“A Sunflower Year?” asked Francesca as we drove through the rolling Tuscan hills southwest of Siena. I pointed out to this Florentine that some years there were no sunflowers to be found in Tuscany, but in others the golden flowers created the Tuscan landscape of movies and postcards and tourists’ fantasies. 2010 is a Sunflower Year.
Twelve years ago, the first Italian film I saw was Il Ciclone. I’ve seen it about three times because as a failing beginning Italian language student, I’ve taken a lot of classes. It seems to be the film-of-choice for first-level Italian language teachers. Not because it’s easy to understand – most of the actors have Florentine accents – but because it is funny. The parts I remember the best are the scenes when the cute guy on a scooter speeds to the family farmhouse through fields of sunflowers. It was the perfect depiction of my dream of the Tuscan countryside – not vineyards or olive groves, but with fields of yellow flowers surrounding a golden rustic house with a terra cotta roof.
So why are some years filled with sunflowers and in others nary a bloom to be found. I had a client – a photographer and painter – who wanted to take photos of Tuscan sunflowers. We traveled the back roads from Florence to Siena to Montepulciano for five days before we found one field near Montalcino.
Of course, the answer that comes to mind is that Italian farmers are rigorous in their husbandry of the fertile soil and therefore, rotate their crops to preserve the nutrients and decrease the pathogens to allow for healthy crops every year. But it is incredible to think that Italian farmers are so cohesive to agree en masse that they should all grow sunflowers in a given year. Especially on the years that the sunflower crops have failed dismally when lack of rain wilted them on the stalk just as the flowers came into bloom.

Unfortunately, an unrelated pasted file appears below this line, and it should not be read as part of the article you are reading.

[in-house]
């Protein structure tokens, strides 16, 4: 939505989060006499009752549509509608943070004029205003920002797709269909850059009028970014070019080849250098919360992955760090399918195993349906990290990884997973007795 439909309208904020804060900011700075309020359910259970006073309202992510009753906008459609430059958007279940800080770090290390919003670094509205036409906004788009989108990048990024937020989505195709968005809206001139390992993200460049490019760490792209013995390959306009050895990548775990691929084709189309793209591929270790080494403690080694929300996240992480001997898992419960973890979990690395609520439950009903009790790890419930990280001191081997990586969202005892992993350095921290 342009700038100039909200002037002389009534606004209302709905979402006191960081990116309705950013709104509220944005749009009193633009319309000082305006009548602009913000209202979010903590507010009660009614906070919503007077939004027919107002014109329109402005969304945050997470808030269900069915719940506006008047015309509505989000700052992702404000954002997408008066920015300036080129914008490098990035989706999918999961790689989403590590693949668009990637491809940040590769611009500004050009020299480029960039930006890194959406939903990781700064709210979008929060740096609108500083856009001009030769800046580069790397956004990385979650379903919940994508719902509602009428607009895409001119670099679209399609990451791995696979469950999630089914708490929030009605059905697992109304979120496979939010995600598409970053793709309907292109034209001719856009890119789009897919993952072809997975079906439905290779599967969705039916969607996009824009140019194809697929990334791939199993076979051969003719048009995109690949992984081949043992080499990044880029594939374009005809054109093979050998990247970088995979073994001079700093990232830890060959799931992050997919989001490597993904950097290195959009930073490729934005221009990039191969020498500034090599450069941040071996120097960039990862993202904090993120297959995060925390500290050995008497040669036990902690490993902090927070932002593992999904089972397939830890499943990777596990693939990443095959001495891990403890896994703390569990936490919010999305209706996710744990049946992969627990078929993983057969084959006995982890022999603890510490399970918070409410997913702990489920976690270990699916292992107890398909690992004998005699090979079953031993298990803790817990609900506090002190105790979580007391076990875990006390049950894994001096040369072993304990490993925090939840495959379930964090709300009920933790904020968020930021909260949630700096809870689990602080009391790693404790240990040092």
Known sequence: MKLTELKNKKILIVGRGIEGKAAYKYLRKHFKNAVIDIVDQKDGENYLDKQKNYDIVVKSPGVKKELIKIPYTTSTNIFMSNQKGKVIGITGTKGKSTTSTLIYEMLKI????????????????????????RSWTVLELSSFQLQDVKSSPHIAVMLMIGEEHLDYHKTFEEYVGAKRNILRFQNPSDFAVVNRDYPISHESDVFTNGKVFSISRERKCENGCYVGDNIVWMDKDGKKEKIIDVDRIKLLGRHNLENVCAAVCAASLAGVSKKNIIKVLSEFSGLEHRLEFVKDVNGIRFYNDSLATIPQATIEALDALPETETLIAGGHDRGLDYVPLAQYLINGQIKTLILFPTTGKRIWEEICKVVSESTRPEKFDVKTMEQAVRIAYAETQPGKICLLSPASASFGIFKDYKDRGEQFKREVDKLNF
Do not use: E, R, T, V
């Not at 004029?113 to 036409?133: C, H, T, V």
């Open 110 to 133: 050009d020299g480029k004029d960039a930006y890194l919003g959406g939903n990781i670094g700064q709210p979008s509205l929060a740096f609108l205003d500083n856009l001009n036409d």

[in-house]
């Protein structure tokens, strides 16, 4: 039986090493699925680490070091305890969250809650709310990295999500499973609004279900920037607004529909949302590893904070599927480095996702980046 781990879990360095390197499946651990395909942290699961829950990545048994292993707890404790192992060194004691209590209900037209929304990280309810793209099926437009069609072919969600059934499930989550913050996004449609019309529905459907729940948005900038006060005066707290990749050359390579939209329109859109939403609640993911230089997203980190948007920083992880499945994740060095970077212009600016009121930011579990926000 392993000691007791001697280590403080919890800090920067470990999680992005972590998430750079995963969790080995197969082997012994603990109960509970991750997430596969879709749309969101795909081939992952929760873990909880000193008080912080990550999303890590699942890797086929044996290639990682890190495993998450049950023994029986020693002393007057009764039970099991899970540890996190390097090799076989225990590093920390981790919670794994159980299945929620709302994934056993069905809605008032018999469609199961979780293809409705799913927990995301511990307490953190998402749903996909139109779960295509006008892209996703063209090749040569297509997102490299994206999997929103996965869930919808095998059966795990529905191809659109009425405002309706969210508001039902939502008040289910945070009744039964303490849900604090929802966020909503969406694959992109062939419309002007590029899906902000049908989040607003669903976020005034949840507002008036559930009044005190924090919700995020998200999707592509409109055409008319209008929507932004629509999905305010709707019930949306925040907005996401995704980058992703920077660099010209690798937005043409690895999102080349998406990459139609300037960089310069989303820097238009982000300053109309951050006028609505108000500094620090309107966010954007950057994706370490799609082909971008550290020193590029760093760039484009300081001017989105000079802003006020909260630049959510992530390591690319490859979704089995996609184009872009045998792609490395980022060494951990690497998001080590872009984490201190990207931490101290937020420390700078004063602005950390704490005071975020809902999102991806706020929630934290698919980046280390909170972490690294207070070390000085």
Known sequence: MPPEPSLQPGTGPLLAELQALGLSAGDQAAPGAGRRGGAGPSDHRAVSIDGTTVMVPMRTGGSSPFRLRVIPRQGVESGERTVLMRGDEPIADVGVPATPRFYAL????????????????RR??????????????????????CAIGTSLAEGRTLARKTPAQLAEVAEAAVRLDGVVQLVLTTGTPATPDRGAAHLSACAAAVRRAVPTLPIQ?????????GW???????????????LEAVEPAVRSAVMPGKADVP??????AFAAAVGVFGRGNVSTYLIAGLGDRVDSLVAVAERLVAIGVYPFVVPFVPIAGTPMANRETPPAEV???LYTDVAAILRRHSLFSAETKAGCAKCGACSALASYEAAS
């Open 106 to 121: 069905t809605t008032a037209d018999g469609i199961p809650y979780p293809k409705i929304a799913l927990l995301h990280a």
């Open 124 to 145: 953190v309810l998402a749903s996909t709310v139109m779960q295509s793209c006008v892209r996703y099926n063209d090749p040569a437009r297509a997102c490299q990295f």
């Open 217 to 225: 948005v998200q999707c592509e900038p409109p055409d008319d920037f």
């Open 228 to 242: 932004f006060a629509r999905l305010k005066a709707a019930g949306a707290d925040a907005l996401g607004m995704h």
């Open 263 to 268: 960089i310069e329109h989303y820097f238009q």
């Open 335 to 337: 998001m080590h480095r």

No, of course, it is all about subsidies. It appears that the Italian government and the European Union have for years subsidized certain crops and that determines a Sunflower Year. Now in the age of biofuels, new subsidies have been created to Save the Planet. (Of course, the cost and amount of CO2 emitted from farming sunflowers and burning sunflower biofuel far outweigh the value of the relatively small amount of fuel that can be obtained from the plant.)
But after the momentary distraction brought by the realities of farming in Italy and EU subsidies, I am back in my golden haze, loving Tuscany during the summers when millions of the giant flowers turn their faces to the sun. I wish every year was a Sunflower Year.